Research Report Language Proficiency and Homeownership Access
Jung Hyun Choi, Amalie Zinn, Laurie Goodman, Noerena Limón
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During the past four decades, the number of people and households that are limited English proficient (LEP) has increased significantly. Previous research suggests that limited English proficiency is a barrier to homeownership at the zip code level, even when controlling for other neighborhood-level factors. In this report, we first offer background on LEP people and households in the US, focusing on which languages they speak and differences in citizenship status, years in the US, age, educational attainment, household income, and location. We then expand upon previous research to estimate how big of a role language proficiency plays in the homeownership rate gap between LEP and English proficient households, holding other household and neighborhood factors constant, across language groups. We find that LEP households are 7.1 percentage points less likely to be homeowners than English proficient households who speak English at home, even when controlling for household and locational differences. We compare this with only a 1.0 percentage-point homeownership rate gap between English proficient households who speak a language other than English at home and English proficient households who speak English at home. These results suggest there are barriers in the mortgage market that affect those with limited English proficiency in a different way than English proficient speakers who speak a language other than English at home. Given our results, we lay out the implications for policy and what actors (e.g., individual lenders, loan officers, the Federal Housing Finance Agency, Fannie Mae, Freddie Mac, and the Consumer Financial Protection Bureau) can do to decrease language barriers in the mortgage market.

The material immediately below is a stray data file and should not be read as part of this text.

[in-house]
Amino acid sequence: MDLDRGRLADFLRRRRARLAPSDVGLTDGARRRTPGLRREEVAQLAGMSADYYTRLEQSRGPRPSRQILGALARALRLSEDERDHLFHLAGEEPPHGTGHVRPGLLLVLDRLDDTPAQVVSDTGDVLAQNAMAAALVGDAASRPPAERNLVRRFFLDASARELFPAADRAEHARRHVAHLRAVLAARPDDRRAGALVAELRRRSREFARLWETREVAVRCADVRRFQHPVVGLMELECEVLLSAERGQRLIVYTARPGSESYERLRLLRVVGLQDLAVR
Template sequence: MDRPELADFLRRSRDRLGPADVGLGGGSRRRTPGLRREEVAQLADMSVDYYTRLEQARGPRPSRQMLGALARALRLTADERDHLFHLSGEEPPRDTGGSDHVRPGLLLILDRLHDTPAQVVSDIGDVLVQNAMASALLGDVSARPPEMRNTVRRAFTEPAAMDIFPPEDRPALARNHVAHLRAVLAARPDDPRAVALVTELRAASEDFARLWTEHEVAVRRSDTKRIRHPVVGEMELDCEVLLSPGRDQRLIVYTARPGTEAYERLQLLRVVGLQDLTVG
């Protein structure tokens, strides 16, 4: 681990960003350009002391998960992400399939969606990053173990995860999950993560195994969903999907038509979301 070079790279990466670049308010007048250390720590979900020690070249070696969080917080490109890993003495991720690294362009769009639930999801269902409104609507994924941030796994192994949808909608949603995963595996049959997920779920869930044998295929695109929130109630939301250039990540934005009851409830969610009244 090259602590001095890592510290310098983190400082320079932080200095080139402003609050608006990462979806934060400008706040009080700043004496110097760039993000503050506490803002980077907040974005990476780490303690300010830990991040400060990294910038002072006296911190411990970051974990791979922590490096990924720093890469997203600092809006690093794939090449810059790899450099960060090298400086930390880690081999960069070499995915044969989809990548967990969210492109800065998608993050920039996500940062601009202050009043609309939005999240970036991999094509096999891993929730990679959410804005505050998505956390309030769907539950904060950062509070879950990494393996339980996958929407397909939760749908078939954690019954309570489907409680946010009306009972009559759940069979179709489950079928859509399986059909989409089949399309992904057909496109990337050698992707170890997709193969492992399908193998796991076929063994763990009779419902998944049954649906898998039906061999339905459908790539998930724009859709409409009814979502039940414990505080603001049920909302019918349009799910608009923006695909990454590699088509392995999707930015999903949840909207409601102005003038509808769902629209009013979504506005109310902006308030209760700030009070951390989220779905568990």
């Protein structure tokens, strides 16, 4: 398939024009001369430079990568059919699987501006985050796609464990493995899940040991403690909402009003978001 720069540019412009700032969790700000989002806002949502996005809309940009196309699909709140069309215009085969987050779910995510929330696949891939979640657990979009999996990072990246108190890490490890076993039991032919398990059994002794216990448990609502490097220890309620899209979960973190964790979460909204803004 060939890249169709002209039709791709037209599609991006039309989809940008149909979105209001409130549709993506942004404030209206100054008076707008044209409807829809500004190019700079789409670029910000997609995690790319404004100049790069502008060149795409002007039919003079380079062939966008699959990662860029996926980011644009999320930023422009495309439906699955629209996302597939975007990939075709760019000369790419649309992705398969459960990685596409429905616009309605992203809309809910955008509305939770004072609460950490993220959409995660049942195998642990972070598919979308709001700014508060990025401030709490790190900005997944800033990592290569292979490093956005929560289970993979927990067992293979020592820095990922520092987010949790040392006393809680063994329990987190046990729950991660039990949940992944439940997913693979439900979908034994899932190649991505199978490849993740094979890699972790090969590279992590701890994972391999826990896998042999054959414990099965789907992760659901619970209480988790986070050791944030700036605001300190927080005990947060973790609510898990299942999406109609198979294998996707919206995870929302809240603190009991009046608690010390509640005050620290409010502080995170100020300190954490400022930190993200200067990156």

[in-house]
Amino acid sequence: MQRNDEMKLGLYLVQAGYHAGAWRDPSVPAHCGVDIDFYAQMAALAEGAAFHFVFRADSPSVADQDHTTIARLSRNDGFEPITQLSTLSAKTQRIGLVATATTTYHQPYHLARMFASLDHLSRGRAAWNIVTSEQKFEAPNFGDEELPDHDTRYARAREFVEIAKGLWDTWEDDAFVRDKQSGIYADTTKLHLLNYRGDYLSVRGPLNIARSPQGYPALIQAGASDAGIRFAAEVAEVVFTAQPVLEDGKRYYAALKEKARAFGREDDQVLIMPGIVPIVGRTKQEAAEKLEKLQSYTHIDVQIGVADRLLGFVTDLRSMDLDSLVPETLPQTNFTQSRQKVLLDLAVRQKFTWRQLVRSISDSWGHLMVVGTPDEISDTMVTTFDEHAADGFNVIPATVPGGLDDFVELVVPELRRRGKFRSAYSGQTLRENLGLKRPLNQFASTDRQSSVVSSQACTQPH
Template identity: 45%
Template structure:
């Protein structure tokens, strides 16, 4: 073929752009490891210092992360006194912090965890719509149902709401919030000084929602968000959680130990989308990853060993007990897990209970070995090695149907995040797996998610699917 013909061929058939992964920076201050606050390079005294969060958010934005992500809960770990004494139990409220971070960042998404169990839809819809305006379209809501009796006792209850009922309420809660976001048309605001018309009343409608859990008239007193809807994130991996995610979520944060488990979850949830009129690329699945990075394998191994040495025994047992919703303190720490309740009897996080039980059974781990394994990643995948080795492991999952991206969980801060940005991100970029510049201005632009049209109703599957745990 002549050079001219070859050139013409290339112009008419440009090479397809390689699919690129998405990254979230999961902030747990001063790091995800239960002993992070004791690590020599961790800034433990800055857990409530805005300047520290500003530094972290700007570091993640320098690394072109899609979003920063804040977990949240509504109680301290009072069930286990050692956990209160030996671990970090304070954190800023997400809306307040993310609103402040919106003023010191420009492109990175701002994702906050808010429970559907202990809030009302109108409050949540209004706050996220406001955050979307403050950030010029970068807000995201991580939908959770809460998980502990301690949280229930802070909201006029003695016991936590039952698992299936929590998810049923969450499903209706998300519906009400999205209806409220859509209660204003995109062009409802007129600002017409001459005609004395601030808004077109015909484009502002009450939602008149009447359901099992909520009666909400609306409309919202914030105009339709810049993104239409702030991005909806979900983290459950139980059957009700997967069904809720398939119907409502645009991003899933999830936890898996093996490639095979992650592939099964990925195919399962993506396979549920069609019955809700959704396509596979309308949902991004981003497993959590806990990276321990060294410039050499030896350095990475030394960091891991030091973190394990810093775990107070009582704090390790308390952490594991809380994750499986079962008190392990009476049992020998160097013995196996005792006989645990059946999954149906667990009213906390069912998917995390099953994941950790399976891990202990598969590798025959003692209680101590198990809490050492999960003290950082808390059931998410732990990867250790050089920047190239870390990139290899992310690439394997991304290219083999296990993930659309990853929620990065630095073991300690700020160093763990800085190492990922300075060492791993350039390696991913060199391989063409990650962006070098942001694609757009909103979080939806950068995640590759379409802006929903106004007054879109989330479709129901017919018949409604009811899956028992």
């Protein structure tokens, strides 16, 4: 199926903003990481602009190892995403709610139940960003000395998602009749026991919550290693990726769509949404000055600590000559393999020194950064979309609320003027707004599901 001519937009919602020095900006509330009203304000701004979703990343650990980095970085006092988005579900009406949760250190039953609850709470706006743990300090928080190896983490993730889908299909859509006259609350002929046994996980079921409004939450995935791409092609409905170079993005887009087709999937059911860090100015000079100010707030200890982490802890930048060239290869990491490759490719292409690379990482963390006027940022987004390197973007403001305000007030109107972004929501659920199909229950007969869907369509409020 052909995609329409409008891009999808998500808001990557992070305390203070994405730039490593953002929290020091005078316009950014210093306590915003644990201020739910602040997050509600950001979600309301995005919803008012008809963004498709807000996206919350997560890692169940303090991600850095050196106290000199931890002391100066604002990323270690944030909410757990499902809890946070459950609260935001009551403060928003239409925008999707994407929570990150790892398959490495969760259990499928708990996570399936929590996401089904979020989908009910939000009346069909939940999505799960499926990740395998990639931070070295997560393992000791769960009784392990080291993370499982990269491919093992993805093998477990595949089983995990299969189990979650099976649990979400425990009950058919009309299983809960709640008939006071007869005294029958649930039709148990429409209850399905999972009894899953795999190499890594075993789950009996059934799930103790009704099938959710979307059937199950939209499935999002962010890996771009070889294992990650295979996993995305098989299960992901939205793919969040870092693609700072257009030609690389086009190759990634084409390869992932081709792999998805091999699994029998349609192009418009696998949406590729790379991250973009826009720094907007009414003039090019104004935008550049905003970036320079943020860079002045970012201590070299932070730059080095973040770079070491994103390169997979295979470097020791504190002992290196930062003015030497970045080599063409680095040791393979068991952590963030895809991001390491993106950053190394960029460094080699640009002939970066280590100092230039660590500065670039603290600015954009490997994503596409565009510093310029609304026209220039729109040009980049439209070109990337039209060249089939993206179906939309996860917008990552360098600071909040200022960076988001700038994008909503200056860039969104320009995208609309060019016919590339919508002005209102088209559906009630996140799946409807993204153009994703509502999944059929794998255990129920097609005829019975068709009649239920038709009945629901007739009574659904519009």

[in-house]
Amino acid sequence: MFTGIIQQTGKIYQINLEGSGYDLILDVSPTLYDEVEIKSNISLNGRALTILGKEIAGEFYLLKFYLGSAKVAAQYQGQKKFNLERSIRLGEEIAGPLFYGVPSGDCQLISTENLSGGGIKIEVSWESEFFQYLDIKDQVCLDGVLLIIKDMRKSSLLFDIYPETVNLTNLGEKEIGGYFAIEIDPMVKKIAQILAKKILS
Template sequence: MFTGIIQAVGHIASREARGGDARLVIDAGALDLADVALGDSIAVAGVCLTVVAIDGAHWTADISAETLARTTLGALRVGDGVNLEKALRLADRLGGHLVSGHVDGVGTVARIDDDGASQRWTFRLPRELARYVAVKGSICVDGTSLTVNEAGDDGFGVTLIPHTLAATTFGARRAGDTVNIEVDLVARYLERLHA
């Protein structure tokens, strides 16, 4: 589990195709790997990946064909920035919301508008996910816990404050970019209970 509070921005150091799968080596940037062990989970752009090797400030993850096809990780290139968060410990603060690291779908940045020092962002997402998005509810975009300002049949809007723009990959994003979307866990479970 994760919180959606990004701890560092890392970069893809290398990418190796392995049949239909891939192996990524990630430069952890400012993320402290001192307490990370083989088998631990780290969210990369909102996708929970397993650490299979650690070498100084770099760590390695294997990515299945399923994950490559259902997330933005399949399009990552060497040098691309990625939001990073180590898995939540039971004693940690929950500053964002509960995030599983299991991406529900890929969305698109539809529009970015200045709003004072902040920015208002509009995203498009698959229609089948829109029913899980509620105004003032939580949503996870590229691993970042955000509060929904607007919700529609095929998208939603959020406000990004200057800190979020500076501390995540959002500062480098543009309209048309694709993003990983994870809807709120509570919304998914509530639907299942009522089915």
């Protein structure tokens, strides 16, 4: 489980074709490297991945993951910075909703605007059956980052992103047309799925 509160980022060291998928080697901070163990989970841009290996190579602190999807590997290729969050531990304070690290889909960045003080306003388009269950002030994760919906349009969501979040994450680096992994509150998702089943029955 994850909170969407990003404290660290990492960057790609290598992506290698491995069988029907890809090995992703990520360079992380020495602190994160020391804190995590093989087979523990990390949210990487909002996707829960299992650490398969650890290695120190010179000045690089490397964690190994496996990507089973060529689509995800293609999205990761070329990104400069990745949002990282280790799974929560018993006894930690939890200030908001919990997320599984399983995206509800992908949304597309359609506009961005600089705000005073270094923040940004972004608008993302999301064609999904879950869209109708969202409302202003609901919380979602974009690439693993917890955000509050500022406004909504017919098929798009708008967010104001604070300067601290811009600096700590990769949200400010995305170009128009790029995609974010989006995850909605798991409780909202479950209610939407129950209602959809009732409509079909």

Research Areas Housing finance
Tags Homeownership
Policy Centers Housing Finance Policy Center